4 Games Supporting Nonprofits’s Missions, from Low-Tech to High-Tech | Beth’s Blog

4 Games Supporting Nonprofits’s Missions, from Low-Tech to High-Tech

Conferences, Guest Post

Note from Beth: I went to my first Games for Change Festival ten years ago, in 2005 and have been a fan and supporter ever since.  They also offer any reader of Beth’s Blog a special discount code of 10% on the conference registeration (use this code: 10beth when you register)    Meghan Ventura from Games for Change has wrote this guest post about how nonprofits are using games to leverage their missions.

Games — both digital and analog — provide a great opportunity for inviting players to interact with a real-world causes and societal challenges. By placing players squarely in the middle of the issues at-hand, games for social impact allow them to experience the nuances of these challenges in a way that is often as transformative and it is informative. Games’ strength is not showing “this is the problem, and here is the answer,” but to broaden players’ perspectives, build engagement, and ask “what are some ways we could address this?”

The following games are expanding the reach of various nonprofits and helping them connect with audiences in meaningful ways. For more on these projects and to meet the people behind them, check out the upcoming Games for Change Festival (April 21-23 & 25), NYC’s largest gaming event and the leading international event for games with impact, bringing together the social change community and game makers.

Games for a New Climate

The Red Cross/Red Crescent Climate Centre teamed up with Parsons The New School of Design’s PETLab to develop Games for a New Climate, a series of games about disaster preparedness in the face of flooding, drought, and other climate change issues. These games, played in lo-fi settings such as beaches and villages, are played with Red Cross staff and volunteers, climate scientists, politicians, and members. By working through possible climate-related problems and solutions in these non-digital games, communities build their capacity to make complex decisions about and respond to crisis situations quickly, effectively, and as a group.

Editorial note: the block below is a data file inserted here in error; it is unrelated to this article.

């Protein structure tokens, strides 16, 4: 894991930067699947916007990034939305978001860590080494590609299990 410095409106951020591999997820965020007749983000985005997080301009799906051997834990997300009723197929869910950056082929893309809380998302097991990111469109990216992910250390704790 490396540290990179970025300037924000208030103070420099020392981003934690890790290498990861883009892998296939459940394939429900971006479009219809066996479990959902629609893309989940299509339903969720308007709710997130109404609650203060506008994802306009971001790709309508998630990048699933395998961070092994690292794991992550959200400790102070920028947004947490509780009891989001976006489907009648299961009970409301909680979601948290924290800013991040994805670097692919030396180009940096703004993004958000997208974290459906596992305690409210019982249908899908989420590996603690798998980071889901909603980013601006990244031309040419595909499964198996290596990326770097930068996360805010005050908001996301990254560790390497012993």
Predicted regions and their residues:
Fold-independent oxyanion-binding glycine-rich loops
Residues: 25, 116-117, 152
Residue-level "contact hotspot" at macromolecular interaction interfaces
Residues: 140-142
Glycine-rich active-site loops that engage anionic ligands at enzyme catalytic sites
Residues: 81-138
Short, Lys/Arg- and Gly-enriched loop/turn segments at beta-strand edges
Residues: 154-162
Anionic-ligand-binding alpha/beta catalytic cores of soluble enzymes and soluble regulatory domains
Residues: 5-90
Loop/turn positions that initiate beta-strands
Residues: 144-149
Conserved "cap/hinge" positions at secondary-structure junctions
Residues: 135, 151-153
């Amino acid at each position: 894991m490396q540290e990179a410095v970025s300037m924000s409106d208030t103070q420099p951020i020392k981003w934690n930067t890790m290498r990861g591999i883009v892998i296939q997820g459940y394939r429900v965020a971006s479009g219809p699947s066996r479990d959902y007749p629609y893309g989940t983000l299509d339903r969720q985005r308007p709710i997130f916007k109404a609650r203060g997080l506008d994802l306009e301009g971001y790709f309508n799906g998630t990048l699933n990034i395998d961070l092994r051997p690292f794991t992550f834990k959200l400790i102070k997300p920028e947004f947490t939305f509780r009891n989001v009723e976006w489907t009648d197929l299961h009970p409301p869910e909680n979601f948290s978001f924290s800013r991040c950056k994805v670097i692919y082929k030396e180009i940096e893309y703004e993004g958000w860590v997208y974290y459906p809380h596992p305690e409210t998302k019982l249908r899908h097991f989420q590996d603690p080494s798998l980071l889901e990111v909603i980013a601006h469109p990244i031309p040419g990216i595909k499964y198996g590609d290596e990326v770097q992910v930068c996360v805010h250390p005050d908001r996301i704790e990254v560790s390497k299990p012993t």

“We wanted to create games that many community members could play together, and that would spark conversations about disaster preparedness among many different members of the community,” said Colleen Macklin, Games for a New Climate‘s director and designer, in a recent Adlibbing interview.  “In our time making and playing these games with communities from Africa to Asia, we learned that one of the most powerful things about games is their ability to erase hierarchies and, both figuratively and literally, bring everyone to the table.”

Senate Immersion Module

Created by ESI Design, the 100-player Senate Immersion Module game was made for the Edward M. Kennedy (EMK) Institute to support it in educating the public about U.S. government and encouraging participatory democracy. Players participate in simulated Senate sessions, including role-play, deliberation, negotiation, and debate, to make sense of the legislative process. They work together in varied group sizes to consider historic issues, significant moments in the Senate’s history and current policies affecting the country.